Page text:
Say Hello to Maktao!
While on our Exclusive East Africa Safari in June 2019, our group stopped at the David Sheldrick Elephant Orphanage. Roseborough Travel was happy to adopt one of the orphaned elephants with the Sheldrick Wildlife Trust. This beautiful baby elephant was rescued at around 3 months old, and is now 2 years old and thriving in his life at the elephant nursery.
Update: Maktao has grown into a playful, happy little elephant and he is known around the nursery for wrestling with everyone and entertaining the keepers. He loves to climb and play with his two friends, Musiara and Sattao, as soon as he finishes his tasks for the day. Maktao is happy to even wrestle them both at once if he feels left out. However, he has grown to be the sweetest of them all, never bullying the others and staying gentle with the younger orphans.
Maktao's Story: In the early morning on the 21st of July reports from a community member were received by the DSWT Ziwani Anti-Poaching team based in Tsavo West National Park alerting them about an elephant calf that had been sighted the previous day alone. That morning he was found again, still alone in hostile territory. Because some of the neighboring communities have suffered at the hands of crop raiding elephants and given the location we suspect human/wildlife conflict the reason for this young baby being orphaned.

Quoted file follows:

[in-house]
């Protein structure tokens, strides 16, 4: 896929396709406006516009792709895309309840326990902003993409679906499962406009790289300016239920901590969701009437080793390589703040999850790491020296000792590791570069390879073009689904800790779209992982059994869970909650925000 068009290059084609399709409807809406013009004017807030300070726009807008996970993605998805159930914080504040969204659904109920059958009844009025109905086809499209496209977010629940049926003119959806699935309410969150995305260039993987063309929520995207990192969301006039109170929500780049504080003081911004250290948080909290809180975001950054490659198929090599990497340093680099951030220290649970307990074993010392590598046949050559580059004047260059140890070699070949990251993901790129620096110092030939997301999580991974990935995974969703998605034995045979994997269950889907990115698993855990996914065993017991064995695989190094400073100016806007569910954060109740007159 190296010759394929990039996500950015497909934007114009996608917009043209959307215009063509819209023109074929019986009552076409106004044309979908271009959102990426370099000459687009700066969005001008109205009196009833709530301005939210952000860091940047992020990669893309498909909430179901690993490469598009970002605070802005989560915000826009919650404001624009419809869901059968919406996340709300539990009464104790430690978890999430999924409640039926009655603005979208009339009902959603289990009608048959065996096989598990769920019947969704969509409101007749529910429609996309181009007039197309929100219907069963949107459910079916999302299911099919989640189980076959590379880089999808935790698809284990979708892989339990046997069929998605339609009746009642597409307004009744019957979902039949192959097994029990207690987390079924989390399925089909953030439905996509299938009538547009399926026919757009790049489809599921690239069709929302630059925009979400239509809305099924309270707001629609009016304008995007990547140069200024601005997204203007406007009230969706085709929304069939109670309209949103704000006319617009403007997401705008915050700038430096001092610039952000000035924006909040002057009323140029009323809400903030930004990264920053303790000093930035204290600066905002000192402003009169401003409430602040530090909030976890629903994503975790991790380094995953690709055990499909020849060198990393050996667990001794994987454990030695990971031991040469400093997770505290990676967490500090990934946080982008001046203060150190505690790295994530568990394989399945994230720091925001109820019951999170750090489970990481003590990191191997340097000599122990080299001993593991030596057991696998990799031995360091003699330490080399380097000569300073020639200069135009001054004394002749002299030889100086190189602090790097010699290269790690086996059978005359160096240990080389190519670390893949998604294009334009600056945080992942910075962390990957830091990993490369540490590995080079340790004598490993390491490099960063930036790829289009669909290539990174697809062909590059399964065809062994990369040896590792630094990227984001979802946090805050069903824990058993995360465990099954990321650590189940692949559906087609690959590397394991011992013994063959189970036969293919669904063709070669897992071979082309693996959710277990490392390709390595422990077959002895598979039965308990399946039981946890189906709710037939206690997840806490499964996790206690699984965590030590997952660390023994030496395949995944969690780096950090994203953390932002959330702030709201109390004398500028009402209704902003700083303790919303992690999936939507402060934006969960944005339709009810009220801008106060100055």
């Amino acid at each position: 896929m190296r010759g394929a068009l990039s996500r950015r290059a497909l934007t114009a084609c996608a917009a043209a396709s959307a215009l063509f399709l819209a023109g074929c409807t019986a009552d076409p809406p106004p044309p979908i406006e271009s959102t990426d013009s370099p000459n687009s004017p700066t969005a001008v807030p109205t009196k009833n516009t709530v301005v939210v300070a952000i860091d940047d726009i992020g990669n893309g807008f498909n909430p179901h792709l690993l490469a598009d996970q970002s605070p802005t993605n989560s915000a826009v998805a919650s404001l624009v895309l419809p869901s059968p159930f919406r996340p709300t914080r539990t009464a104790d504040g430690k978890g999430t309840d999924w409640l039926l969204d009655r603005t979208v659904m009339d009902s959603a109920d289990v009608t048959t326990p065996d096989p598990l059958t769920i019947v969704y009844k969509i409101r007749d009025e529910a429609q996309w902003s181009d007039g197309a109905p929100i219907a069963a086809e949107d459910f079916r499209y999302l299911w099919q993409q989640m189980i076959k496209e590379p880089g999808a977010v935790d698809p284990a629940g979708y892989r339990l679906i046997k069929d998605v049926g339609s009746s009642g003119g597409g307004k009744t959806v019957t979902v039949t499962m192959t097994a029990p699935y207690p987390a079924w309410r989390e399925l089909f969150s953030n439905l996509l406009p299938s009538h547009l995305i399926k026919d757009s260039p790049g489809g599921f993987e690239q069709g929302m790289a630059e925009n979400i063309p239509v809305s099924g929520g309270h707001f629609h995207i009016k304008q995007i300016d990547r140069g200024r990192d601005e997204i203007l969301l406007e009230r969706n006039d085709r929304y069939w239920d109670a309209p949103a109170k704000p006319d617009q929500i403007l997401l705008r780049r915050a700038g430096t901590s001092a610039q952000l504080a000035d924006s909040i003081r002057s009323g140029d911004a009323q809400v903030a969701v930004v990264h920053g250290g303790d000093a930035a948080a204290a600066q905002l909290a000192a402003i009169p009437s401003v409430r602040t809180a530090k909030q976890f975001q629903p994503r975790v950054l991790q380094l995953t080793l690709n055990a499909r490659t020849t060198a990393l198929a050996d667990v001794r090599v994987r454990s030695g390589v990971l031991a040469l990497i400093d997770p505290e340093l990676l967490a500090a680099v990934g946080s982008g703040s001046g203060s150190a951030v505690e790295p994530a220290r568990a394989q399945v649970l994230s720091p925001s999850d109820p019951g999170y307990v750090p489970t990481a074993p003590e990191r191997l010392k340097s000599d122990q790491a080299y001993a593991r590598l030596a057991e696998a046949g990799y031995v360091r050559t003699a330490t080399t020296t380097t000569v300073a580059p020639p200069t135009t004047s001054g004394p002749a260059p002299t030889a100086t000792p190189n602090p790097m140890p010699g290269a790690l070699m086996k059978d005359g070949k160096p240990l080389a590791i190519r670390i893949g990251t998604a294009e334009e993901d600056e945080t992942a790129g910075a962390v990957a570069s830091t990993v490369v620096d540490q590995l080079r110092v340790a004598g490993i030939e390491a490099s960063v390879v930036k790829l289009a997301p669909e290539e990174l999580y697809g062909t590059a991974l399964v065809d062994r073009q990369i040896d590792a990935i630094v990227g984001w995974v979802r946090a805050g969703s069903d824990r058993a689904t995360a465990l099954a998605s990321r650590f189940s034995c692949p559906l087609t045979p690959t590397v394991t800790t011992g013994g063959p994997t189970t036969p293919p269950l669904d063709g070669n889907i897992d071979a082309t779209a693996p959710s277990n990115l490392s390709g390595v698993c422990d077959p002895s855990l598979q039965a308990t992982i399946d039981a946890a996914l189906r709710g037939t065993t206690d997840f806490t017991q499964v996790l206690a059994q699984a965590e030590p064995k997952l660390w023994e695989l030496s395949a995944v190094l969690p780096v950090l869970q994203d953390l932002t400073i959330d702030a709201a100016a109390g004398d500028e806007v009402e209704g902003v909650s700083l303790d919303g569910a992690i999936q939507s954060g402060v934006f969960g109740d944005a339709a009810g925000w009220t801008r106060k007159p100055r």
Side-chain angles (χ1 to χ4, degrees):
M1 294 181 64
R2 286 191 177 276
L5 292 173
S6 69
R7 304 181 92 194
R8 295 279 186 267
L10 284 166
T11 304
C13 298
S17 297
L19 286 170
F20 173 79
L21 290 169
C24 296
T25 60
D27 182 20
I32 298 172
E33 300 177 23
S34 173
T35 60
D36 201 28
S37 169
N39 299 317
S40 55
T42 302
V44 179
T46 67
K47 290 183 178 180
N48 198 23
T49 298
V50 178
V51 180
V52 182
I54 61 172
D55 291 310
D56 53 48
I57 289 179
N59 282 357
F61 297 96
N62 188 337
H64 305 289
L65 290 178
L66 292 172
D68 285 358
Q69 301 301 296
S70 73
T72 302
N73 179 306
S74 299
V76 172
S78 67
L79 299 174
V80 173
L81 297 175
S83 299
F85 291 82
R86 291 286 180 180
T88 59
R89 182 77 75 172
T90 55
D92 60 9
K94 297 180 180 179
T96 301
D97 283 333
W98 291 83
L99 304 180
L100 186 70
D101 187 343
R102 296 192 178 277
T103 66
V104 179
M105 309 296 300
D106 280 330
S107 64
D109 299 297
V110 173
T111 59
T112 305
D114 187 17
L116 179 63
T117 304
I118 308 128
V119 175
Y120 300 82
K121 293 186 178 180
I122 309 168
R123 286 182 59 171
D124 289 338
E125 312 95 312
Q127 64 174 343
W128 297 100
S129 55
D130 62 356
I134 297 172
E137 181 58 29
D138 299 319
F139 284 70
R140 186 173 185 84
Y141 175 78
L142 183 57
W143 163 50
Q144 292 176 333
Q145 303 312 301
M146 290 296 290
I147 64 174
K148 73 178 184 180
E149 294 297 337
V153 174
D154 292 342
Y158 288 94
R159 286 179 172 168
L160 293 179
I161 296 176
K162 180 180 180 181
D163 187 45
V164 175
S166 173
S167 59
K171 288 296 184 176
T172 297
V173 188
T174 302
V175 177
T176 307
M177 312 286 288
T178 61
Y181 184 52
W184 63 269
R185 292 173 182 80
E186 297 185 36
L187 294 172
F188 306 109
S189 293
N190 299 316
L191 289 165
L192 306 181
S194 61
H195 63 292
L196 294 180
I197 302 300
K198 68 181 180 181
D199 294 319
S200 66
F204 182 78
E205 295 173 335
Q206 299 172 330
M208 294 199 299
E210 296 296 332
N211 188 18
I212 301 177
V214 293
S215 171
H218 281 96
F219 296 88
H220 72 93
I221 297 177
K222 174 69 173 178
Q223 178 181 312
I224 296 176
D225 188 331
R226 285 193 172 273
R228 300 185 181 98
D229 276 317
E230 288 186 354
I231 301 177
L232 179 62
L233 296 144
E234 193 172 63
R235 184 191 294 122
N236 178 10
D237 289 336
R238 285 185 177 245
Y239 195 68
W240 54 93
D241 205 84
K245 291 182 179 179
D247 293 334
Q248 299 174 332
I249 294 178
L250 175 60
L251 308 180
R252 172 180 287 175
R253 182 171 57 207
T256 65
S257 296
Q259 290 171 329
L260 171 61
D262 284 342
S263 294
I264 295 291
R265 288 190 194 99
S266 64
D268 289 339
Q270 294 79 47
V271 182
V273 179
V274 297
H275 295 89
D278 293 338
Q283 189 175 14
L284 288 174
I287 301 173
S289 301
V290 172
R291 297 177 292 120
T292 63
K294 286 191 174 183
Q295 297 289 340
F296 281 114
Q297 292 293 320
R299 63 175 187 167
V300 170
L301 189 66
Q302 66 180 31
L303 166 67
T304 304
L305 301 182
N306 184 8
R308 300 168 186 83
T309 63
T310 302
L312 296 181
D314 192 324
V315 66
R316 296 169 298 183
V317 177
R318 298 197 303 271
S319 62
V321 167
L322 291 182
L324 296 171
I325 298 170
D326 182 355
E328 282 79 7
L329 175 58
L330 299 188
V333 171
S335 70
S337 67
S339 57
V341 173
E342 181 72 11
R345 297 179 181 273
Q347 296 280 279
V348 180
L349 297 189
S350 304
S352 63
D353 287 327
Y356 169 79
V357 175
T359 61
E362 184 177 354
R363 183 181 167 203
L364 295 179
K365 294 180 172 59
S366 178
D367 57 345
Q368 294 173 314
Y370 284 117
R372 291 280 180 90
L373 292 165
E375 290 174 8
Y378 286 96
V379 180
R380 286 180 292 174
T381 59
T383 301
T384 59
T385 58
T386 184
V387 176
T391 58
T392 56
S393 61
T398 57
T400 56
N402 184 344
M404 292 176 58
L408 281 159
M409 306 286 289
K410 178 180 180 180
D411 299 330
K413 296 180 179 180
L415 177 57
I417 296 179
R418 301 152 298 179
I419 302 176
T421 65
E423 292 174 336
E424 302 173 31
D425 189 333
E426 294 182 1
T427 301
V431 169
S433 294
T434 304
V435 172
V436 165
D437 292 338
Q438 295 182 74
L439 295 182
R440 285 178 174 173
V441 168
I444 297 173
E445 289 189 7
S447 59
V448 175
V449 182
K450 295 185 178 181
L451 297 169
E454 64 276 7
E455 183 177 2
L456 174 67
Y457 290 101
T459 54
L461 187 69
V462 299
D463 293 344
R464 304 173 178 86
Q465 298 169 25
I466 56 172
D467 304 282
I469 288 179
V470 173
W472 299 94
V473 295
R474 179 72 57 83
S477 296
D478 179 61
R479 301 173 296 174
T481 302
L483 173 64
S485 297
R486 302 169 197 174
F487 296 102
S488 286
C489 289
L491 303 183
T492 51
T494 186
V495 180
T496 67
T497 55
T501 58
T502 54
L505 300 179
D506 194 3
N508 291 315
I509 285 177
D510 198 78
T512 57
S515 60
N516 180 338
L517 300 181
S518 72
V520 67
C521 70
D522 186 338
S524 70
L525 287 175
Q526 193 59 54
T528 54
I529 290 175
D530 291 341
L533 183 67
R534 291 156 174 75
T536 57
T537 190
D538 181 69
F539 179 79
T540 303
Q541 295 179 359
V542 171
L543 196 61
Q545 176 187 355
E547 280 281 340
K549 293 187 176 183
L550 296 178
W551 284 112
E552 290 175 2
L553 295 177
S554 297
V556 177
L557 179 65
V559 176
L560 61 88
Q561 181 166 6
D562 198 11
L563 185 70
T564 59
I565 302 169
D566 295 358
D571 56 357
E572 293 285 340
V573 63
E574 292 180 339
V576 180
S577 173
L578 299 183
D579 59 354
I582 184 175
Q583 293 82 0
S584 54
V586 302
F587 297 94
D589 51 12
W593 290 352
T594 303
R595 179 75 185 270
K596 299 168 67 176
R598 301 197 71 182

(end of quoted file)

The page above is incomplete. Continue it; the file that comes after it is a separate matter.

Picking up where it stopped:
Peter Wambua, the Ziwani team leader, immediately mobilized his men who were accompanied by KWS rangers and rushed to the scene, mindful that any delay could prove costly for this baby abandoned within not a particularly ‘elephant friendly’ community. They communicated with Dr. Poghon, KWS veterinary officer seconded to DSWT’s Tsavo Mobile Veterinary Unit, and also communicated to the Tsavo West Senior Warden. The decision was made to save the calf in the absence of any elephant herds within the area. Once the team had captured the calf and brought him back to the safety of KWS’s Makatao base within the National Park, the need for a rescue was reported to Angela Sheldrick who coordinated the DSWT helicopter to head directly to Makatao from Kaluku, the Trust’s field headquarters. Makatao is on the eastern boundary of Tsavo West National Park and approximately an hour flight from Kaluku where the Trust’s air wing is based. While the helicopter was made ready, with the back seats removed to make space for the baby, DSWT Helicopter pilot Andy Payne loaded the emergency rescue bag filled with all the paraphernalia required to restrain and carry elephant orphans. DSWT bush pilot Neville Sheldrick arranged to accompany Andy so that he could supervise the calf throughout the flight to Nairobi.